learn more about the illness by joining an organisation like the Schizophrenia share your experiences of caring with the professionals treating your relative encourage your relative to comply with medication have important phone numbers ready in case you need them, e.g. the crisis team or other friends who can help discuss the person's early warning signs and decide what to do if they seem to be deteriorating draw up an ‘action plan' with the person when they are well be realistic about what your relative may be able to achieve and praise small steps towards progress take time off from your caring role when you can.
Useful websites

The Schizophrenia Fellowship of NSW US National Institute for Mental Health SA Royal College of Psychiatri Mental Health Care, Institute of Psychiatry, London
Talk to Someone
Remember that many people learn to manage their schizophrenia well. Don't let
misconceptions about mental illness stop you from seeking help.
Contact the Mental Health Information Service on 1300 794 991 for information about services in your area. Maintain regular contact with your local doctor (GP) as they will play an important role in monitoring your general health Ask your GP for referral to a psychiatrist Contact your local Community Mental Health Centre under ‘Community Health' in the Business and Government White Pages). Contact the Schizophrenia Fellowship of NSW on (02) 9879 2600 Contact the Association of Relatives and Friends of the Mentally Ill (ARAFMI) (02) 9332 0700 or 1800 655 198 (rural NSW) Telephone Interpreter
Service 131 450

If English is not your first language please call the Mental Health Information Service through the Telephone Interpreter Service (TIS).This service is free to non-English speaking Australian citizens or permanent residents. TIS have access to interpreters speaking more than 120 languages and dialects. A fact sheet produced by the Mental Health Information Service

Medicare Rebates and Accessing
Private Practitioners

What is the difference between psychiatrists and psychologists?
Psychiatrists are medically trained doctors who specialise in the treatment of mental
illness. Like GPs they can prescribe, administer and monitor medication. Psychiatrists
do not advertise so it is up to your GP to refer you to someone appropriate.
Psychologists are trained in human behaviour and use a range of therapies to treat
patients. They provide services including assessment, psychological testing, and
various types of psychotherapy and counselling.
Medicare rebate for psychologists
A Medicare rebate is now available for a number of sessions per calendar year with a
registered psychologist* with a Medicare Provider Number. To obtain the rebate you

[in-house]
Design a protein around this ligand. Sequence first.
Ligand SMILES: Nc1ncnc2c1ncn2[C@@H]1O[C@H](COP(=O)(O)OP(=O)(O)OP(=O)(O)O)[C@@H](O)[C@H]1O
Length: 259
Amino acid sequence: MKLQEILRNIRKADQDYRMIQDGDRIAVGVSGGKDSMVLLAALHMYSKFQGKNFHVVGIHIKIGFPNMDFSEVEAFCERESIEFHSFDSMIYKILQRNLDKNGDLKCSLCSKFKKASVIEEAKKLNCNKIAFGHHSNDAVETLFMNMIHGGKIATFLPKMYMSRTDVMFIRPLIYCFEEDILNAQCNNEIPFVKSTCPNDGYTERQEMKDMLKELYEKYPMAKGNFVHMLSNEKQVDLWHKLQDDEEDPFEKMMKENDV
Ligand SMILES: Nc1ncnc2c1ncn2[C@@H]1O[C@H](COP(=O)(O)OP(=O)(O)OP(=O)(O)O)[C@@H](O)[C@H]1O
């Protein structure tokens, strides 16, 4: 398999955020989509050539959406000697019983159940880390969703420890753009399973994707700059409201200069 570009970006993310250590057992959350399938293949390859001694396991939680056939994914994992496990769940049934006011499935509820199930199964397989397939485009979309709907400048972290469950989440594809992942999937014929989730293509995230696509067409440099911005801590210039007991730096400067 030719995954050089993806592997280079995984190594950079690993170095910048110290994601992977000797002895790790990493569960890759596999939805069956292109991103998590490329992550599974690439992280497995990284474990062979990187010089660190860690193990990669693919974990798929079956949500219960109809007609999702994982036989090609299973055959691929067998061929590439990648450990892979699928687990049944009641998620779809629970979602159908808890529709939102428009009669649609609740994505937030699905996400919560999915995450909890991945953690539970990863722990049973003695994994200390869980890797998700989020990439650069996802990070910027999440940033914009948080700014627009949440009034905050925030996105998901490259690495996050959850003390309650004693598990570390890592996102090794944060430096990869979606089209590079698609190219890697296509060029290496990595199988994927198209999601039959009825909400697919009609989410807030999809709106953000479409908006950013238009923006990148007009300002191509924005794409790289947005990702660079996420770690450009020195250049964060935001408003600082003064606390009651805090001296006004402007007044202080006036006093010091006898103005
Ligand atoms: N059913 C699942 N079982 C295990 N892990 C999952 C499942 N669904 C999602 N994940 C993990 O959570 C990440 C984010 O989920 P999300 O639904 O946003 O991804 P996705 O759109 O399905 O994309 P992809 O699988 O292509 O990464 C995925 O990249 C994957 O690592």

must be referred by an appropriate medical practitioner, i.e. a GP, psychiatrist or
paediatrician. The practitioner will ensure that you meet the eligibility requirements and
develop a management plan for your condition.
The cost and rebate from Medicare can vary depending on the consultation length and fee charged. If the psychologist bulk bills there will be no extra cost. For further information about the rebate or to locate a psychologist in your area contact the Australian Psychological Society on 1800 333 497 * Similar Medicare rebates also exist for mental health accredited social workers and
occupational therapists.
Mental Health Resource Centre
The Resource Centre contains material that promotes a better understanding of mental health issues. New books and DVDs are purchased on a regular basis and visitors are welcome to come in and browse. Members of MHA, CAG and ARAFMI may check-out resources on loan. The length of the loan is 3 weeks. Membership costs between $10 - $30 per individual per annum. Please note that most of the reference books are not available for loan You will find the Resource Centre Booklist on our websitefor
further information contact 1300 794 991.

This information is for educational purposes. As neither brochures nor websites can diagnose
people it is always important to obtain professional advice and/or help when needed. The listed
websites provide additional information, but should not be taken as an endorsement or

This information may be reproduced with an acknowledgement to the Mental Health Association NSW. This and other fact sheets are available for download fromThe Association encourages feedback and welcomes comments about the information provided. This Fact Sheet was last updated in July 2010. Mental Health Information Service Phone: 1300 794 991 Mental Health Association NSW Inc Fax: (02) 9339 6066 Level 5, 80 William Street East Sydney NSW 2011 A fact sheet produced by the Mental Health Information Service